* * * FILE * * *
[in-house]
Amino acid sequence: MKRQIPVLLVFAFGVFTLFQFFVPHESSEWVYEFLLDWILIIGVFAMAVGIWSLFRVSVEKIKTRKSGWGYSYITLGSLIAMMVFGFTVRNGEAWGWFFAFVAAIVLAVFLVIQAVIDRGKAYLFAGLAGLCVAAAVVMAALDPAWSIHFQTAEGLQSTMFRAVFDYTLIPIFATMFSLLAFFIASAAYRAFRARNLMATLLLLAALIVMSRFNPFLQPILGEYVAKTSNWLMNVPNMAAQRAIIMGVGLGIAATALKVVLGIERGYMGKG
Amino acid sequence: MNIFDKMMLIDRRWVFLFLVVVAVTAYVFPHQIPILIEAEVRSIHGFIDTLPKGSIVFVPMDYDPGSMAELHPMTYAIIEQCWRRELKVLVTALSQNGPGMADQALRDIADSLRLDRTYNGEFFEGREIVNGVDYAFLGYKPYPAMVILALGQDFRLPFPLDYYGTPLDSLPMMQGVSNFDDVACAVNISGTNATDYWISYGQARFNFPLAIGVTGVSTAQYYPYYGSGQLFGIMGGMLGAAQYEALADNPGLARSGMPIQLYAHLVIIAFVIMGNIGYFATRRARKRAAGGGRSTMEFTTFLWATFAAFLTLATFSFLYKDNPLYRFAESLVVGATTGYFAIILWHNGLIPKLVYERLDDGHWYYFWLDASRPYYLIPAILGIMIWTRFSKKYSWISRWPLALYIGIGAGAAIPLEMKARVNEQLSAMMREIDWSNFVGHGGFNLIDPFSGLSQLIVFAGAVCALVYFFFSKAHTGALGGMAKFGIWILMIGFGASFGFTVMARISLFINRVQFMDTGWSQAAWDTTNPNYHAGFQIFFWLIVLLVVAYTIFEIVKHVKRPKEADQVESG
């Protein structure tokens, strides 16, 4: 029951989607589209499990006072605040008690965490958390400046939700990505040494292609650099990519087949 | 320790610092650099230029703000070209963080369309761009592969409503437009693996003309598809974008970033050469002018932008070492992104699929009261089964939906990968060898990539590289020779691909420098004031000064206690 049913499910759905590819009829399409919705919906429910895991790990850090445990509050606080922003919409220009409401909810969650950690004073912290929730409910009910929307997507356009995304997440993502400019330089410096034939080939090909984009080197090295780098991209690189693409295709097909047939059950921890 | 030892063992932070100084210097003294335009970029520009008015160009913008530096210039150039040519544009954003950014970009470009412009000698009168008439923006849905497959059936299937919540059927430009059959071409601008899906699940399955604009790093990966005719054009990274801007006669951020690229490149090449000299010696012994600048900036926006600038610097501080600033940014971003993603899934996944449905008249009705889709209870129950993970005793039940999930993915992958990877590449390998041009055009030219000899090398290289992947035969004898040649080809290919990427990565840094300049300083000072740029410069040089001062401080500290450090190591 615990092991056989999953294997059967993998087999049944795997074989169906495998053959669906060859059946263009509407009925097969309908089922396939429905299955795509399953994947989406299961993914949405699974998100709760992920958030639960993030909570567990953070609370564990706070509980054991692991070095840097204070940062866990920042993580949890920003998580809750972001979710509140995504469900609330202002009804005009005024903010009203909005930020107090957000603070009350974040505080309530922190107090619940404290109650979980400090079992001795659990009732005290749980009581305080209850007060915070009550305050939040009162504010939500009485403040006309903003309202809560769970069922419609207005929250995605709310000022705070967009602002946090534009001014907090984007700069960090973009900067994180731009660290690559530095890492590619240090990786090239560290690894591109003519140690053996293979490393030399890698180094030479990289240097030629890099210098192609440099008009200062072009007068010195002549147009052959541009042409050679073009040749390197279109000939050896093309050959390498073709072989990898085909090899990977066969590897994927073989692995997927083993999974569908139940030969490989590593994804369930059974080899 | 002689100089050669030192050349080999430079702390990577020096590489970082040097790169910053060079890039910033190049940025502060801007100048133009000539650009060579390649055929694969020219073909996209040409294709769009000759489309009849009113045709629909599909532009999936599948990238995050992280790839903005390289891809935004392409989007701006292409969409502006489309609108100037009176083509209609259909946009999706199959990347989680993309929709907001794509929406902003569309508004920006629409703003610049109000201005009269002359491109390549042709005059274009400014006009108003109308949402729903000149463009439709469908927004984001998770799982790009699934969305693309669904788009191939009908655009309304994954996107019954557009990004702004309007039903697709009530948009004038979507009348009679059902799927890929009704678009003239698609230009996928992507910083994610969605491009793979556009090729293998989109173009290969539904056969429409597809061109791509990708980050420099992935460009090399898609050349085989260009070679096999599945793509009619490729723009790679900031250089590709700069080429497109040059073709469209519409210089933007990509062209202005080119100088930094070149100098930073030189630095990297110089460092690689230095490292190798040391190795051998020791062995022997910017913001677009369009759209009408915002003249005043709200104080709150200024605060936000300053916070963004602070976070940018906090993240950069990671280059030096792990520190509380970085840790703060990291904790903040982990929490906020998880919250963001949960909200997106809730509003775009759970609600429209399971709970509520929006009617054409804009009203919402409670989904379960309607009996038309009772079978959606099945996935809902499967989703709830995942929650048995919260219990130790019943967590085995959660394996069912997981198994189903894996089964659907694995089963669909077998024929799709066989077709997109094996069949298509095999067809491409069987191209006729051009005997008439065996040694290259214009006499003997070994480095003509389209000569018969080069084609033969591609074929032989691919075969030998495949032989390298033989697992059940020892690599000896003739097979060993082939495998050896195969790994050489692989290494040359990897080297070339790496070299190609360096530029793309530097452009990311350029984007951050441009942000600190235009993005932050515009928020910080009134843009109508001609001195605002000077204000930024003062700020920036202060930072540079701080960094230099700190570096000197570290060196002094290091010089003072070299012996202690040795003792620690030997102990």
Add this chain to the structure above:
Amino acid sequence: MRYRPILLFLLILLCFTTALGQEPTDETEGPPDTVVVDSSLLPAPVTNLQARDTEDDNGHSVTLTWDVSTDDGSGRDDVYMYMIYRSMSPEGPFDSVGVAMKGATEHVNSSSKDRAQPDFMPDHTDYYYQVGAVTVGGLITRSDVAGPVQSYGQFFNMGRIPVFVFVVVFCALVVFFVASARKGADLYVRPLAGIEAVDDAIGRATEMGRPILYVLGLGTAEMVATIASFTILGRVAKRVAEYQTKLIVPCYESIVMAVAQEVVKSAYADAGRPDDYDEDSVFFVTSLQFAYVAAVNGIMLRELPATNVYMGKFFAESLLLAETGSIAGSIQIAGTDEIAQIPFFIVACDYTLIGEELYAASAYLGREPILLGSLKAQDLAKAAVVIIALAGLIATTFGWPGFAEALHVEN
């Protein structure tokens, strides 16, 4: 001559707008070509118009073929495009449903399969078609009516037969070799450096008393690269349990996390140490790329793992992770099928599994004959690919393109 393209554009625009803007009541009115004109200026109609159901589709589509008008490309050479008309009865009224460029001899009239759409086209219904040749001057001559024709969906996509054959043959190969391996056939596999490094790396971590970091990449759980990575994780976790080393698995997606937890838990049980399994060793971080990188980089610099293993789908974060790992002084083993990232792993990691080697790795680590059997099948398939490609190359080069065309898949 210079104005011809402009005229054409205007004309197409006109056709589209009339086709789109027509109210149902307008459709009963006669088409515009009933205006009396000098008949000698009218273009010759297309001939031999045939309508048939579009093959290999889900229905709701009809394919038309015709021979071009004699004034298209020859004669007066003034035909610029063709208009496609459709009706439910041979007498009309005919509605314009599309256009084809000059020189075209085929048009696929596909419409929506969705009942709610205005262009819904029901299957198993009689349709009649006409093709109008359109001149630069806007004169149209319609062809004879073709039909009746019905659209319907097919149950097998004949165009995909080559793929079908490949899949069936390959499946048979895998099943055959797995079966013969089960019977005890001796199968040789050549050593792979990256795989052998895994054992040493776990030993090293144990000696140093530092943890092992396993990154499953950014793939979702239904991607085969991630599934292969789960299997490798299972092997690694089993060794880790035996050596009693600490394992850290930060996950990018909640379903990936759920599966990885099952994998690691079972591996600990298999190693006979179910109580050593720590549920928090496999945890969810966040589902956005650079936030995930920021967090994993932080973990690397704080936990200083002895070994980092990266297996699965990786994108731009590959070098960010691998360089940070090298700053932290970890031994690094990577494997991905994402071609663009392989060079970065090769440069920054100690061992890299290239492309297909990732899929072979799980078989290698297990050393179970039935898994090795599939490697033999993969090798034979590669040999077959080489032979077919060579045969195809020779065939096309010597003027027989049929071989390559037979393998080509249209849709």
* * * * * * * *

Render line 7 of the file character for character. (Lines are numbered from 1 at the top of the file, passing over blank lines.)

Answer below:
């Protein structure tokens, strides 16, 4: 001559707008070509118009073929495009449903399969078609009516037969070799450096008393690269349990996390140490790329793992992770099928599994004959690919393109 393209554009625009803007009541009115004109200026109609159901589709589509008008490309050479008309009865009224460029001899009239759409086209219904040749001057001559024709969906996509054959043959190969391996056939596999490094790396971590970091990449759980990575994780976790080393698995997606937890838990049980399994060793971080990188980089610099293993789908974060790992002084083993990232792993990691080697790795680590059997099948398939490609190359080069065309898949 210079104005011809402009005229054409205007004309197409006109056709589209009339086709789109027509109210149902307008459709009963006669088409515009009933205006009396000098008949000698009218273009010759297309001939031999045939309508048939579009093959290999889900229905709701009809394919038309015709021979071009004699004034298209020859004669007066003034035909610029063709208009496609459709009706439910041979007498009309005919509605314009599309256009084809000059020189075209085929048009696929596909419409929506969705009942709610205005262009819904029901299957198993009689349709009649006409093709109008359109001149630069806007004169149209319609062809004879073709039909009746019905659209319907097919149950097998004949165009995909080559793929079908490949899949069936390959499946048979895998099943055959797995079966013969089960019977005890001796199968040789050549050593792979990256795989052998895994054992040493776990030993090293144990000696140093530092943890092992396993990154499953950014793939979702239904991607085969991630599934292969789960299997490798299972092997690694089993060794880790035996050596009693600490394992850290930060996950990018909640379903990936759920599966990885099952994998690691079972591996600990298999190693006979179910109580050593720590549920928090496999945890969810966040589902956005650079936030995930920021967090994993932080973990690397704080936990200083002895070994980092990266297996699965990786994108731009590959070098960010691998360089940070090298700053932290970890031994690094990577494997991905994402071609663009392989060079970065090769440069920054100690061992890299290239492309297909990732899929072979799980078989290698297990050393179970039935898994090795599939490697033999993969090798034979590669040999077959080489032979077919060579045969195809020779065939096309010597003027027989049929071989390559037979393998080509249209849709």